Regardless of what you may think of Michael Moore, he has provided information and viewpoints absent from mainstream media. When Mel Gibson released his everything-but-the-rat-bites movie about the gruesome crucifixion of Jeshua ben David (a.k.a.: Jesus Christ) he answered critics by saying "Don't criticize it if you haven't seen it." Why should Moore and his movie not receive the same consideration?

Below I have provided the text of e-mail that I sent. You can find the e-mail addresses of the distributors and theaters that have decided and to promote and show the film as well as those considering showing the movie at the Stop Micheal Moore web site. Brief, polite and to the point e-mails should prove most effective.

Sample e-mails:

[To a theater in your city that is undecided]:

Subject: Please show Fahrenheit 9/11

I am writing to ask you to show Michael Moore's film "Fahrenheit 9/11." I realize that an organized campaign to intimidate theaters that plan to show this movie has already started and I hope that theaters and distributors will stand up to right-wing pressure tactics. I am an avid movie-goer and I often see movies in the AMC 1000 Van Ness and AMC Kabuki theaters in San Francisco. I am looking forward to seeing this movie and appreciate businesses that uphold and practice freedom of speech.

[To a theater or distributor that has started to promote the film]:

Subject: Fahrenheit 9/11 thank you!

Thank you for promoting Michael Moore's film "Fahrenheit 9/11" I am glad that theaters and distributors are standing up to right-wing pressure tactics. I am looking forward to seeing this movie and appreciate businesses that uphold and practice freedom of speech.

Thursday, June 03, 2004

Who was Martin Niemöller and why should you care?

Mini-Biography and Bibliography

   In Germany they came first for the Communists and I didn't speak up
because I wasn't a Communist. Then they came for the Jews and I didn't speak up because I wasn't a Jew. Then they came for the trade unionists and I didn't speak up because I wasn't a trade unionist. Then they came for the Catholics and I didn't speak up because I was a Protestant. Then the came for me--and by that time no one was left to speak up. *

Martin Niemöller 1892-1984.

I have noticed that this quote comes up frequently in discussions about Intellectual Freedom issues and therefore provide this background:

The son of a pastor, a U-Boat Captain (WWI) and later a pastor in a comfortable Berlin Suburb in the 1930s Niemöller did not start out as a great advocate for intellectual freedom. He initially supported Hitler but quickly grew disillusioned. Although arrested by the Gestapo in 1937 for his open opposition to Hitler and incarcerated in Sachsenhausen and Dachau concentration camps, he nonetheless berated himself for not doing more, as in the quote above.

His accomplishments include:

  • Founded "Confessing Church" part of the larger Lutheran Reformed Church of Germany.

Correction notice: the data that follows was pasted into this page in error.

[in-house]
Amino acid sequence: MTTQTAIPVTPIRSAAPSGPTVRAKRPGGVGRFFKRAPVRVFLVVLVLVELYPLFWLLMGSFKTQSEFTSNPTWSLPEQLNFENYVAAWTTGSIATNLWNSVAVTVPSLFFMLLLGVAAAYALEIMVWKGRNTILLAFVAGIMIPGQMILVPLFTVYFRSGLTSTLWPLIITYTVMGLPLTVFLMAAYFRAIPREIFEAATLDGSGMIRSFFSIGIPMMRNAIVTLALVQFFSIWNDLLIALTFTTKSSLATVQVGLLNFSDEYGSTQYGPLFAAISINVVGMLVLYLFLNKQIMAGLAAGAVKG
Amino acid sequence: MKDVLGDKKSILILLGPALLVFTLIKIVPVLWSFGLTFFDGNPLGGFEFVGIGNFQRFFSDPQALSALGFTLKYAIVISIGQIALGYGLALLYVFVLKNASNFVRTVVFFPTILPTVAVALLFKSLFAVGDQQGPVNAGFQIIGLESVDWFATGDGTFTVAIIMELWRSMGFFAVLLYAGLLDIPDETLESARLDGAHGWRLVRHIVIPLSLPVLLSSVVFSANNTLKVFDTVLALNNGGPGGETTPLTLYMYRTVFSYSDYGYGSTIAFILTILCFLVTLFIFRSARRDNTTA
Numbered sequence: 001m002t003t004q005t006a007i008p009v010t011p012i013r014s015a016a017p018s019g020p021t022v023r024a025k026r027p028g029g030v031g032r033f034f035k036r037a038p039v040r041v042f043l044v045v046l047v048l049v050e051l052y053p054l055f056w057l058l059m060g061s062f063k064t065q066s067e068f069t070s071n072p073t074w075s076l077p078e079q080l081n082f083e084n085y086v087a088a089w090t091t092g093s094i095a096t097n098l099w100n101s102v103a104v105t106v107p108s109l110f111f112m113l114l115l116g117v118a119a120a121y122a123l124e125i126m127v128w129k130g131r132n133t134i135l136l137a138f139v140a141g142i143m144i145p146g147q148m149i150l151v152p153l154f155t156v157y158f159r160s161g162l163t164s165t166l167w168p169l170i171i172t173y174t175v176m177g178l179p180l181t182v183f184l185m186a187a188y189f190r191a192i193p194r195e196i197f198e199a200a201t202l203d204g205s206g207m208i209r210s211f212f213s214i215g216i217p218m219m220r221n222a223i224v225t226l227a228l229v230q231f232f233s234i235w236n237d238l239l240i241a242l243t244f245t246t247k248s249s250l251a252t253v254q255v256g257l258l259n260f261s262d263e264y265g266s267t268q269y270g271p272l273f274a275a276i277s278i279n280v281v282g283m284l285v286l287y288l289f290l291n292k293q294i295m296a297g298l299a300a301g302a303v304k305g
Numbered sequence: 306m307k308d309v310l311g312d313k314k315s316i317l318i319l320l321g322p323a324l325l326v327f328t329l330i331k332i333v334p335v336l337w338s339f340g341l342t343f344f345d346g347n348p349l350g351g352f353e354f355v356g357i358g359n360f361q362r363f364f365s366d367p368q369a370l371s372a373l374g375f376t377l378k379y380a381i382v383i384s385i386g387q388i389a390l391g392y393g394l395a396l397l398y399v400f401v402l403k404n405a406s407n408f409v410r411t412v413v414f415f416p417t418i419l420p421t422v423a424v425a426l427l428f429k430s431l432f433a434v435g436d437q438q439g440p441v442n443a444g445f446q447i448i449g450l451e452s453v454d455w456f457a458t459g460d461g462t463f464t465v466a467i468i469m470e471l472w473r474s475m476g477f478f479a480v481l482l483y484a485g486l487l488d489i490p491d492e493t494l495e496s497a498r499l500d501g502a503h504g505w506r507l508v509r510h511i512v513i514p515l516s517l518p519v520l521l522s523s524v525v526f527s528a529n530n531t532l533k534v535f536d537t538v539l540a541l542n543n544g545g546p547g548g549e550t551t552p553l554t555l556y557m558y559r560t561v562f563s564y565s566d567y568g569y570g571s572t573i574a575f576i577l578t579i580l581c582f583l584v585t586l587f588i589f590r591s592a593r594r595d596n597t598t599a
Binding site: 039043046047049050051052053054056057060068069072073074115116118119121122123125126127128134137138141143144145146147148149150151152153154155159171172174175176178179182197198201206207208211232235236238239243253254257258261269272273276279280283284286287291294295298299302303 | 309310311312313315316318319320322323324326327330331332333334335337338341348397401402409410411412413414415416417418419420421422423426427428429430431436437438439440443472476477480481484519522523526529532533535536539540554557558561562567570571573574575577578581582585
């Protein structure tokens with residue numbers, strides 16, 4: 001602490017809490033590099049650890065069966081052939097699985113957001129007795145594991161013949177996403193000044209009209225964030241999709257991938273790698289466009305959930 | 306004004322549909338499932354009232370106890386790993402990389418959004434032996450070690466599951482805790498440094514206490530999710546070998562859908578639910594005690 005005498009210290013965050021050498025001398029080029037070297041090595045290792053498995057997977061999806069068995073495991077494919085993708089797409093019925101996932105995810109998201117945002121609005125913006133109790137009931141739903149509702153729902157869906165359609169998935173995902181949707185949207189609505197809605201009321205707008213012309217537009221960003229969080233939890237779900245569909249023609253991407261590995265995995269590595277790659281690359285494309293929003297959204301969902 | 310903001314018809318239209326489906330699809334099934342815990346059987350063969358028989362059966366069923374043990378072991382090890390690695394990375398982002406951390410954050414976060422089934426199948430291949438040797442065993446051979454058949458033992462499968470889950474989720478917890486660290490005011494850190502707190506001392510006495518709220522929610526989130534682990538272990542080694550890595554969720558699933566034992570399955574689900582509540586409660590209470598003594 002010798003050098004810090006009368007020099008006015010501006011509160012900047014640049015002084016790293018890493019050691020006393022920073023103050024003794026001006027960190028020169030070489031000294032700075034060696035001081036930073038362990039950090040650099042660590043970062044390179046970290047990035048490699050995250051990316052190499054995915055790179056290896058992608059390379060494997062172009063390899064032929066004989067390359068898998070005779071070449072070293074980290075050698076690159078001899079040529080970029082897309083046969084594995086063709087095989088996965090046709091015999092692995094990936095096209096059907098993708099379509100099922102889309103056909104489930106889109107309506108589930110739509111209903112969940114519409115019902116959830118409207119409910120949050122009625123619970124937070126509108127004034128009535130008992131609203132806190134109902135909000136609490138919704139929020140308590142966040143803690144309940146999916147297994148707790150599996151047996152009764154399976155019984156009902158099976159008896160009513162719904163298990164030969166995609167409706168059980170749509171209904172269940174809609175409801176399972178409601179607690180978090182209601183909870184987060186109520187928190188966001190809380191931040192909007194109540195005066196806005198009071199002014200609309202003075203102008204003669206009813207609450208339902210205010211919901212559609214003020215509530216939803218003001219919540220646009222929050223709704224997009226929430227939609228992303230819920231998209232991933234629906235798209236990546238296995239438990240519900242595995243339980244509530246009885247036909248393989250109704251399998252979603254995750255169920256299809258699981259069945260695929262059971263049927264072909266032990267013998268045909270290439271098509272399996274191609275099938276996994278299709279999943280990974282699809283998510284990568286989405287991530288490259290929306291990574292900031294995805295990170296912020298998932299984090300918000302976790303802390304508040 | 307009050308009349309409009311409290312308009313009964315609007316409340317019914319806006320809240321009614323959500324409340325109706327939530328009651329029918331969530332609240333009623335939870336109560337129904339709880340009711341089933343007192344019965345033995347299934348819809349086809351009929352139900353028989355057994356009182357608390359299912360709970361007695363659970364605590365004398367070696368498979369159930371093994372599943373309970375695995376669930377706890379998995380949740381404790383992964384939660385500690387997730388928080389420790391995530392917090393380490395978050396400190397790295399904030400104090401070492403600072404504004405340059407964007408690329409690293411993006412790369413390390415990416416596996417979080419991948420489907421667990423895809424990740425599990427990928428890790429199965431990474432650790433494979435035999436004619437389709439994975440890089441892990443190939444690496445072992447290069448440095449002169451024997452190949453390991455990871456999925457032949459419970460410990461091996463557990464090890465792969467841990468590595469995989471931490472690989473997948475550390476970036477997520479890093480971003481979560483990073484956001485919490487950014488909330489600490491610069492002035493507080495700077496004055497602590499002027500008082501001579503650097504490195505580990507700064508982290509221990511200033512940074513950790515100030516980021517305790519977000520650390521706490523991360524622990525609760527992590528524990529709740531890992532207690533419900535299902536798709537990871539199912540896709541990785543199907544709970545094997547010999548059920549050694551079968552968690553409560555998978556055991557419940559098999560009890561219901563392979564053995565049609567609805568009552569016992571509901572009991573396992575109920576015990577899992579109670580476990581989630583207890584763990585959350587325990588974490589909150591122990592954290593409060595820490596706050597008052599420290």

• Founded the Pfarrernotbund (Pastors' Emergency League) During the 1930s.
  • Partly responsible for the "Stuttgarter Schuldbekenntnis"
    ("Stuttgart Confession of Guilt") acknowledging the German People's collective guilt for the Holocaust
  • President of the World Council of Churches (1961-1968)

He became unpopular with many Western political leaders for his outspoken pacificism: he preached reconciliation and disarmament throughout the post-war years.

The quote above serves as a rallying cry for intellectual freedom advocates and the most eloquent justification for defending the free speech rights individuals and groups that many in society regard with contempt (i.e.: the KKK, Larry Flynt, Oliver North, to name a few).

A further note about the quote: This quote appears in a number of wordings in various sources. Niemöller gave hundreds of speeches and talks in his post-war travels and often concluded his speaking engagements in the United States with these words. Thus, he may have changed the wording somewhat from one speech to the next. I have yet to find an original source for any of Niemöller's exact wordings. Bartlett's Familiar Quotations (from which I derive the wording above) does not cite an exact source, but renders the note: "attributed."

Yet another note about the quote: several people have e-mailed me with the citation from the Congressional Record. This is the only instance of Niemöller's name occuring in that source. I checked the reference. Unfortunately, Niemöller never addressed the U.S. Congress. The quote comes from a Representative parapharasing Niemöller and not the man himself and thus an authoritative "single, correct" version of these famous words continues to elude us.


Bartlett, John, 1820-1905. Familiar quotations : a collection of passages, phrases, and proverbs traced to their sources in ancient and modern literature / John Bartlett ; Justin Kaplan, general editor. 16th ed. (Boston : Little, Brown, 1992) p.684:19

Vom U-Boot zur Kanzel (1934; From U-Boat to Pulpit). [His Autobiography]

Exile in the Fatherland : Martin Niemöller's letters from Moabit Prison / Translated by Ernst Kaemke, et al (Grand Rapids, MI : Eerdmans, 1986)

D. Schmid. Pastor Niemöller (Eng. trans., 1959)

C. Start-Davidson God's Man (1959).

"Niemöller, (Friedrich Gustav Emil) Martin" Encyclopedia Britannica Online

William L. Shirer, The Rise and Fall the Third Reich (Simon and Schuster, New York, 1960) p.234-239.

Many thanks to Ann Hotta of Graduate Theological Union (Berkeley, CA) for her asssistance in the research for this page.